EMI Music Chairman: Music subscription services like Napster and Rhapsody haven’t beeen huge

“Nobody said it was easy for EMI, the world’s third-largest record company and the home of Coldplay, as the music industry has weathered six straight years of falling sales,” Adam Pasick reports for Reuters. “Yet EMI Chairman Eric Nicoli and others in the industry are seeing signs of hope coming from the very source of many of the industry’s woes — the Internet. Downloaded music sales on online services such as Apple Computer’s iTunes Music Store are surging, and made up 6 percent of industry revenues in 2005. Nicoli said digital revenues are now expected to offset flagging CD sales within a few years. ‘We’ve seen a tripling in the last year and we’ve hardly gotten started,’ he said this weekend in an interview with Reuters at the music industry’s annual conference in Cannes, where he also delivered the keynote address. Digital music sales topped the $1 billion mark last year, according to the International Federation of the Phonographic Industry, compared with $380 million in 2004.”

Pasick reports, “He acknowledged that in a complex and rapidly changing sector, predictions and projections are an inexact science. ‘We thought subscriptions (services such as Napster and Rhapsody that offer unlimited music for a monthly fee) would be huge — it hasn’t been,’ he said. Mobile music, apart from phone ringtunes, has also developed more slowly than many had hoped. ‘We’re at year zero — if that — with mobile,’ Nicoli said.”

Full article here.

MacBook Pro. The first Mac notebook built upon Intel Core Duo with iLife ’06, Front Row and built-in iSight. Starting at $1999. Free shipping.
iMac. Twice as amazing — Intel Core Duo, iLife ’06, Front Row media experience, Apple Remote, built-in iSight. Starting at $1299. Free shipping.
iMac and MacBook Pro owners: Apple USB Modem. Easily connect to the Internet using dial-up service. $49.00.
iPod Radio Remote. Listen to FM radio on your iPod and control everything with a convenient wired remote. Just $49.
iPod. 15,000 songs. 25,000 photos. 150 hours of video. The new iPod. 30GB and 60GB models start at just $299. Free shipping.
Connect iPod to your television set with the iPod AV Cable. Just $19.

Related articles:
Study shows Apple iTunes Music Store pay-per-download model preferred over subscription service – April 11, 2005


  1. iTunes, your digital music to the future.

    Others, resistance is futile.

    Come and join us, for your don’t know the power of the bright side.

  2. It takes the music companies a long time to get it.. If it wasn’t for their monopolies methinks they would have gone out of business a long time ago.

    iPod and iTunes are safe for some time.. time for Applle to focus on the other nice products we are looking forward to like my iSlate – all in one phone and OSX – solar powered. Unbreakable, scratch resistant glass front with an Apple logo engraved into one corner and solar cell on the back…

    I’m dreaming but I really hope the Apple labs are hard at work on it for me!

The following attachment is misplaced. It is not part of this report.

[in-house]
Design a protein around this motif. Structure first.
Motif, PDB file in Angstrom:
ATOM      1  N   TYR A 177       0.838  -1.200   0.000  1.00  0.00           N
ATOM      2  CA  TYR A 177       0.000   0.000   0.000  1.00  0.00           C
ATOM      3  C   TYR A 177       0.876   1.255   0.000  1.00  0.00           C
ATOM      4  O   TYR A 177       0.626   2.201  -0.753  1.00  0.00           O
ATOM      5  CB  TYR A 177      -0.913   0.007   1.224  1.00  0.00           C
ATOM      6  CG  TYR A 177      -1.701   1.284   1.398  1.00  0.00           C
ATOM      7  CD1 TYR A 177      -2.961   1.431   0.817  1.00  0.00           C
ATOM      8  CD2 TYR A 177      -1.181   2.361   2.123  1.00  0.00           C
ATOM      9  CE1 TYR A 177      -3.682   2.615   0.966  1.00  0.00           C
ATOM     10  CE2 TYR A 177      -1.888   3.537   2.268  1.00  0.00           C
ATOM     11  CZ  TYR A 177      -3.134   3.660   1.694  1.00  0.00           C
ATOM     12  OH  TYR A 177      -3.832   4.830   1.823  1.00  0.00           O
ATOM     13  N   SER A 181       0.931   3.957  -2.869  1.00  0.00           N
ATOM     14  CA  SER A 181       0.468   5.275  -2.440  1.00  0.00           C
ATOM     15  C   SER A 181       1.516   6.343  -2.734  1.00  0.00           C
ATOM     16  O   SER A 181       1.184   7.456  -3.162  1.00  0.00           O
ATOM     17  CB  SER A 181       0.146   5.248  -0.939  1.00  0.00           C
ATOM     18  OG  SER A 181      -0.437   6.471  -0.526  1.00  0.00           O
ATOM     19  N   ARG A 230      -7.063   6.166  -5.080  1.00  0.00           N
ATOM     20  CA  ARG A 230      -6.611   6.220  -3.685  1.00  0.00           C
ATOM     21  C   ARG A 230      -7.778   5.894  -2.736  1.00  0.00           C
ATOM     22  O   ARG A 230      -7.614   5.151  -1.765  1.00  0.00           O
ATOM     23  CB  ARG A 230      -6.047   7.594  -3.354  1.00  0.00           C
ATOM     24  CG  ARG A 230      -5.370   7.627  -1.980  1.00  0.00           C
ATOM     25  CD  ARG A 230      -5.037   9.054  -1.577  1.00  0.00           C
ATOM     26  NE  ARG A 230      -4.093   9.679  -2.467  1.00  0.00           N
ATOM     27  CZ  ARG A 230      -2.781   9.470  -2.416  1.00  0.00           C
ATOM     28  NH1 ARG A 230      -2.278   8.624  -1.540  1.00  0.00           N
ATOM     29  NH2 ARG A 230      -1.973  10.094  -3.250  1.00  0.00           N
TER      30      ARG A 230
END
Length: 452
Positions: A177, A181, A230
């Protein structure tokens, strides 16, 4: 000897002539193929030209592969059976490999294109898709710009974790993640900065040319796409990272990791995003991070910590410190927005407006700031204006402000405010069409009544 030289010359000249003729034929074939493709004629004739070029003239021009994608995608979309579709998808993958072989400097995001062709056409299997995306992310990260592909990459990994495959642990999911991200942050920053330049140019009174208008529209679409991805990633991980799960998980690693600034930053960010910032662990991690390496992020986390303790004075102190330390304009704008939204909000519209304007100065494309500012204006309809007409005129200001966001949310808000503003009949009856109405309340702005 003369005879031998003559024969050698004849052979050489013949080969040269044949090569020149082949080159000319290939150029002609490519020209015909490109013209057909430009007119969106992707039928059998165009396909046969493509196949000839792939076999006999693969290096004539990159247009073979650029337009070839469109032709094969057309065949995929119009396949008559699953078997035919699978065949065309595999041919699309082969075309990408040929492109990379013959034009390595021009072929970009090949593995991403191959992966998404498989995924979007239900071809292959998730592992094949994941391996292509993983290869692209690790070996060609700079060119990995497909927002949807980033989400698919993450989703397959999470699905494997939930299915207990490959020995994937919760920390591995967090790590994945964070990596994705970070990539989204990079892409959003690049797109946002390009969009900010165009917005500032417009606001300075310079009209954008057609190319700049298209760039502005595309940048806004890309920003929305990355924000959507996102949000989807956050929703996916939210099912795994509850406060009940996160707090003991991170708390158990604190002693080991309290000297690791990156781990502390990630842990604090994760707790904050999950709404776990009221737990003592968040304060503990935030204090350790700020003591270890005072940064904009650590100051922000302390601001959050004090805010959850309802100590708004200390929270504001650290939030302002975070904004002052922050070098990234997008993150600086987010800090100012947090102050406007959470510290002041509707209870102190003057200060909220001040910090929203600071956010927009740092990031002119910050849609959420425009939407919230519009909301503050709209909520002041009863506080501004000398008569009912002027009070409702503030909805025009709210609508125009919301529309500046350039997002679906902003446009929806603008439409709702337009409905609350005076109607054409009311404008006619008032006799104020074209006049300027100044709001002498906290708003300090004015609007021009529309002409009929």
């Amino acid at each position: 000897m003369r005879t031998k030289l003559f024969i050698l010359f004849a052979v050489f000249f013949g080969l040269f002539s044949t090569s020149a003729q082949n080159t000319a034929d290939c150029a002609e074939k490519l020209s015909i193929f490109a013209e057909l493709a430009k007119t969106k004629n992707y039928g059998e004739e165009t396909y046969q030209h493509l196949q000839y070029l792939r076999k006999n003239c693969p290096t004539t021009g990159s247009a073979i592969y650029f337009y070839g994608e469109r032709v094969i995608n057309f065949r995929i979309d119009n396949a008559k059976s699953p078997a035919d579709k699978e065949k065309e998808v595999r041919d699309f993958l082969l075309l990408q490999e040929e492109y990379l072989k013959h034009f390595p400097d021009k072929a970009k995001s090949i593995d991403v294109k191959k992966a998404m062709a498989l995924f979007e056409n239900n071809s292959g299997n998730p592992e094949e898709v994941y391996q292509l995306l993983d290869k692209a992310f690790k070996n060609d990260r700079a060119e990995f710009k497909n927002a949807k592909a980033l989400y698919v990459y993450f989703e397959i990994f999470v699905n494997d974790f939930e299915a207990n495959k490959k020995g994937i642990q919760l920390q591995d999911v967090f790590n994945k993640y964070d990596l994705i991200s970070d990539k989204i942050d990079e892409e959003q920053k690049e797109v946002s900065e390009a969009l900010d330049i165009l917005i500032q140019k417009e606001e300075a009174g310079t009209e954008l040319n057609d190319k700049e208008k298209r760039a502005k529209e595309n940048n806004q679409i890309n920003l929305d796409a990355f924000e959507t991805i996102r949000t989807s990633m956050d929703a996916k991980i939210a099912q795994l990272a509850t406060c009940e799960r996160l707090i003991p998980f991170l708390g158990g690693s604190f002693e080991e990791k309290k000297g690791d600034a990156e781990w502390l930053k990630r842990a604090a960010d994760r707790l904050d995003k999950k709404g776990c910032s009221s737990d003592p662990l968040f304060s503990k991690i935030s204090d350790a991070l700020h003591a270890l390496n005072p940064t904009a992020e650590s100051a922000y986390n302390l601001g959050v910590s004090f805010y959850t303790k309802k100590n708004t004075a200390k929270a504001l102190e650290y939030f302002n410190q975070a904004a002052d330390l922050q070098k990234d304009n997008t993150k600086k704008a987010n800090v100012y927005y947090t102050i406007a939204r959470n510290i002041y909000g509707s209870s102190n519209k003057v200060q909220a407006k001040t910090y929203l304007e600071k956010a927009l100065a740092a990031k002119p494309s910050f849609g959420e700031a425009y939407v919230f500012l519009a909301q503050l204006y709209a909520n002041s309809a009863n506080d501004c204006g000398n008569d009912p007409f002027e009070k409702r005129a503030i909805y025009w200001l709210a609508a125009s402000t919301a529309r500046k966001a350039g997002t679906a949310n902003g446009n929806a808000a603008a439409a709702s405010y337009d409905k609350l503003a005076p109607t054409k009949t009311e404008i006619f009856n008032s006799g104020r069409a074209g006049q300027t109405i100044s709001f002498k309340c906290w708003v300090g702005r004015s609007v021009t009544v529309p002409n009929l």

3. “…For years, we enjoyed repeatedly gang-raping the public with overpriced formats and lackluster offerings, but they don’t seem to want to roll over and bite the pillow for subscriptions services or ring tones. Go figure…”

  4. Wow, I’m sooo impressed w/ the Chairman of EMI… He said that music subscription services have not been a success… WOW… What a revelation!

    Why wasn’t anyone impressed when Steve J said that people didn’t want to rent their music a year ago? It’s taken the heads of the record companies this long to figure it out?

    Record companies = Dinosaurs

  5. It’s probably no surprise that the subscription market hasn’t taken off, but probably more because the service is incompatible with the iTunes/iPod platform than the fact that subscriptions are – in and of themselves – an undesirable model for the consumer.

    The simple truth now is that iPod – with over 14m units sold in the most recent quarter, effectively comprising one third of every iPod ever shipped – has become every bit as much a de facto platform as WIndows or TCP/IP. Operability with iPod is no longer an option, it has become a robust de rigueur requirement: can’t use it on or with my iPod, I’m not buying it.

    The potential commercial collapse of Napster won’t help much: the Windows Media subscription model will suddenly take on the unattractive aura of failure which actually may damage Microsoft’s aspirations in the whole entertainment content sector, including video.

    Another interesting opportunity is presented in the article, and it’s one that I’ve been banging on about for some time: the merger/acquisition opportunity that is EMI Group plc as the smallest of the four major music companies.

    Whilst Apple could leverage its market capitalisation to acquire Universal Music Group through a takeover of Vivendi-Universal, the sad truth is that it would take eighteen months to two years to unravel Vivendi’s cable and telephony interests and sell them on to interested parties such as Spain’s Telefonica – France’s broadcasting regulations, which demand a specific level of content originated in the French language, won’t help.

    However, EMI and Warner Music present a different scale of opportunity and a much easier sell to both Apple’s shareholders and those of the target.

    Purchasing EMI and Warner would cost around $7-$8 billion, however Apple could then bring some much needed vision to both businesses, combined with some reasonable pruning of duplicated functions, before re-listing the new combined operation as a majority shareholder, by selling off 30-35%, possibly recovering some $3.5 billion of the original acquisition cost.

    In my vision, Apple would benefit by becoming the controlling shareholder in a major music industry player, with interests in both recorded music distribution and music publishing, which may become attractive in distributing MIDI files for GarageBand and Apple’s other music recording products. Apple would also benefit by holding on ot a greater slice of the pie created by the growth of the digital music industry as well as being able to guide the growth of that industry.